What is Diabetes Alert Day?
Since 1987, the American Diabetes Association has named the 4th Tuesday in March as Diabetes Alert Day. This year it falls on March 28th. Diabetes Alert Day was created as a public “wake-up call” to the seriousness of diabetes and the importance of understanding the associated risks. Additionally, this national day aims to shed light on the need for finding appropriate care and treatment, and wherever possible, prevention.
What is Type 2 Diabetes?
Type 2 diabetes is a chronic condition that affects the way the body processes blood sugar. It is a serious health concern and is characterized by high glucose levels due to insulin resistance or insulin insufficiency. According to the Mayo Clinic, Type 2 diabetes is the most common form of diabetes, affecting millions of people worldwide.
What happens when Type 2 diabetes goes untreated?
The importance of publicity like Diabetes Alert Day is that if left untreated or poorly managed, Type 2 diabetes can lead to serious complications that can affect almost every part of the body, including the heart, kidneys, eyes, and nerves. These complications can include heart disease, stroke, kidney disease, nerve damage, blindness, and amputations, according to the Center for Disease Control in Washington.
What are the risks of Type 2 diabetes?
The risks of Type 2 diabetes are compounded by the fact that it often goes undiagnosed for long periods. It can have a very wide range of direct or indirect causes, including genetics, diet and lifestyle. More than 80 percent of adults living with prediabetes don’t know they have it. The disease can develop slowly over time and may not present any symptoms until it has reached an advanced stage. Common symptoms of Type 2 diabetes include increased thirst, frequent urination, blurred vision, fatigue, and slow-healing wounds.
How is diabetes managed?
The good news is that as long as Type 2 diabetes is detected early, it can be managed with proper treatment. There are many medications available that help to control the level of glucose in the blood. Most of these are prescribed along with lifestyle modifications such as healthy eating, regular exercise, and weight management.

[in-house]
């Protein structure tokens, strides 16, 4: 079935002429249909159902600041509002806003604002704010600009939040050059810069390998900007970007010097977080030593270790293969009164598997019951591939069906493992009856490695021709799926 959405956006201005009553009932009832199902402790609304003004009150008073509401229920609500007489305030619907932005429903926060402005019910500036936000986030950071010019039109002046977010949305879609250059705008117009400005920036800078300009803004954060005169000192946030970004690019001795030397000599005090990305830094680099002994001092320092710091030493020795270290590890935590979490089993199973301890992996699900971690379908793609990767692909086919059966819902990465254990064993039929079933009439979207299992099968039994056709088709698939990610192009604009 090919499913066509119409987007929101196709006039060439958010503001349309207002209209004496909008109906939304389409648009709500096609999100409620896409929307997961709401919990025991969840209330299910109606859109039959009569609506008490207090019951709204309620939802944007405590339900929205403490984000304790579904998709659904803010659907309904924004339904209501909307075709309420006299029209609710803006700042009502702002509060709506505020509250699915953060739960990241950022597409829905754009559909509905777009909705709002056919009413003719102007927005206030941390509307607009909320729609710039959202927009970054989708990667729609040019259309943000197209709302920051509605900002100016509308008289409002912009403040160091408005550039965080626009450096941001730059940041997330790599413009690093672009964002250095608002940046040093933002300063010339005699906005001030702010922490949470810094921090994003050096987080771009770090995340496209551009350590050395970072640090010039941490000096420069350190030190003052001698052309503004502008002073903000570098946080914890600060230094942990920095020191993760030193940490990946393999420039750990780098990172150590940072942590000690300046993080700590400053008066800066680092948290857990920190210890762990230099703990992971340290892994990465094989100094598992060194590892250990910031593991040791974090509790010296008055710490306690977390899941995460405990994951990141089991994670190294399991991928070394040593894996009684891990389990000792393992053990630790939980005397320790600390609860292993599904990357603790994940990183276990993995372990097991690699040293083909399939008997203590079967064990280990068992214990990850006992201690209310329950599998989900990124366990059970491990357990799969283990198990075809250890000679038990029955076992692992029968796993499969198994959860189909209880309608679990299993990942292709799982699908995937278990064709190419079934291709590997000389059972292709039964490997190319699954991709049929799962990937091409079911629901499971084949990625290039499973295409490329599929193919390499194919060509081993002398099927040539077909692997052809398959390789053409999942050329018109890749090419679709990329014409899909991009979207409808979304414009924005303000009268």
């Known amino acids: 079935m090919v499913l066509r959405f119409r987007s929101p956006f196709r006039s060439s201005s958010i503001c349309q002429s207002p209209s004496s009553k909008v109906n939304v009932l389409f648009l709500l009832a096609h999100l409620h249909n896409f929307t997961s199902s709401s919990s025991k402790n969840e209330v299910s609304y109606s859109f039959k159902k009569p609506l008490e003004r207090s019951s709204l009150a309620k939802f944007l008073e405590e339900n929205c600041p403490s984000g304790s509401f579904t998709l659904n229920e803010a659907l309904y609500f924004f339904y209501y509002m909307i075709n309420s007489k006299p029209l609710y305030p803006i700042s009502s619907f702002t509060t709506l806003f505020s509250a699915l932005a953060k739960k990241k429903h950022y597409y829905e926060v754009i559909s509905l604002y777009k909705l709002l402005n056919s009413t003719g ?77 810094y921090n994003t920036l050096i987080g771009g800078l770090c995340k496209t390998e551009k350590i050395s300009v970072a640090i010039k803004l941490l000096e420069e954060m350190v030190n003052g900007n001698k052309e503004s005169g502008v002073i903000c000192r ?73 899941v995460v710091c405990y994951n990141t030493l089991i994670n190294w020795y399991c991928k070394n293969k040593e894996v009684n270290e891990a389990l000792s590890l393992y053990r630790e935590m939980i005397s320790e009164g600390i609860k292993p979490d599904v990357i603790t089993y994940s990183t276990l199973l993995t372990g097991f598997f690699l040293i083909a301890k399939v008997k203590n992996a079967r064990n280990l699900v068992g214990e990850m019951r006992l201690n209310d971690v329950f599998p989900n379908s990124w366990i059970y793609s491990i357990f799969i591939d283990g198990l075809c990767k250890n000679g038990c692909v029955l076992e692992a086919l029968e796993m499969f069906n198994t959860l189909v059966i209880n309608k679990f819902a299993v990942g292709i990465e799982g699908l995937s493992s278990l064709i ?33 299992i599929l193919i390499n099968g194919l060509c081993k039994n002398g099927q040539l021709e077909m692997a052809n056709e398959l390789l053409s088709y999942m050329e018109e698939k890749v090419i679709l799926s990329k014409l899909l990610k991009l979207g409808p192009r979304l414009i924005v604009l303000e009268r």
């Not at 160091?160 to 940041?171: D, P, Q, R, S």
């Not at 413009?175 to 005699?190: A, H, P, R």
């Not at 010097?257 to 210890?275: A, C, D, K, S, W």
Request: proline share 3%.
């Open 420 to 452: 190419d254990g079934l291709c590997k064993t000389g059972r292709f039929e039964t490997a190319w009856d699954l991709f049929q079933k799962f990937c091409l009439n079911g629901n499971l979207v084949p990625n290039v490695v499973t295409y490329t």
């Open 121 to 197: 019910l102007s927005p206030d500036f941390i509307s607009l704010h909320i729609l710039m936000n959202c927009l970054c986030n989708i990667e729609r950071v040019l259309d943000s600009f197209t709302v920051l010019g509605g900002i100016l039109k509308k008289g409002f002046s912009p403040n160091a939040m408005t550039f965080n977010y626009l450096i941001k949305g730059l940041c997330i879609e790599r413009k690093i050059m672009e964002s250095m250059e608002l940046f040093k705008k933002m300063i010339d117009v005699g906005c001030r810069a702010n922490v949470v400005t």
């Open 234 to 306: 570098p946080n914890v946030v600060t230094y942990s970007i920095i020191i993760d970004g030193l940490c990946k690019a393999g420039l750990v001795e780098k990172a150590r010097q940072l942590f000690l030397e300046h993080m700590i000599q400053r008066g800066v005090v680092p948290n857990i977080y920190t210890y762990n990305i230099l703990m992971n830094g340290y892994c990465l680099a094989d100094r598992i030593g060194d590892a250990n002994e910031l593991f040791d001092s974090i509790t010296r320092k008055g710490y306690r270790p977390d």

What are the treatments for Type 2 diabetes?
For many years, there has been great success in controlling and treating Type 2 diabetes with Metformin. Metformin has been regularly prescribed as a first-line oral medication for Type 2 diabetes, primarily for people who are overweight. Usually, a doctor will prescribe it when diet and exercise have failed to control a patient’s blood sugar, but the sugar levels don’t yet require more active intervention like direct injections of insulin. Now, the FDA has approved a new sodium-glucose cotransporter 2 (SGLT2) inhibitor for the treatment of Type 2 diabetes in adults in combination with Metformin. It also produced some reductions in body weight and systolic blood pressure.
What does GLP-1 have to do with diabetes?
One important recent improvement in the treatment of Type 2 diabetes was the development of semaglutide, another medication that helps regulate blood sugar levels. Semaglutide comes in two forms. It is marketed as Ozempic, which can be taken as a once-a-week self-administered injection, or as Rybelsus which is taken in daily doses of oral medication. These work by mimicking the effects of a naturally occurring hormone called GLP-1, which helps regulate blood sugar levels and reduces appetite. Clinical trials have shown that semaglutide can significantly reduce blood sugar levels as well as lead to weight loss in patients with Type 2 diabetes.
If all other types of treatment fail, patients can be prescribed direct administration of insulin itself, but this is generally avoided where possible since it has a higher level of risk, especially of overdosing which can lead to serious consequences from hypoglycemia.
Is there prevention for Type 2 diabetes?
Despite these treatment options, it is important to remember that the best way to prevent the complications of Type 2 diabetes is to take steps to prevent the disease from developing in the first place. This includes maintaining a healthy weight, eating a balanced diet, getting regular exercise, and getting regular check-ups to monitor blood sugar levels and overall health.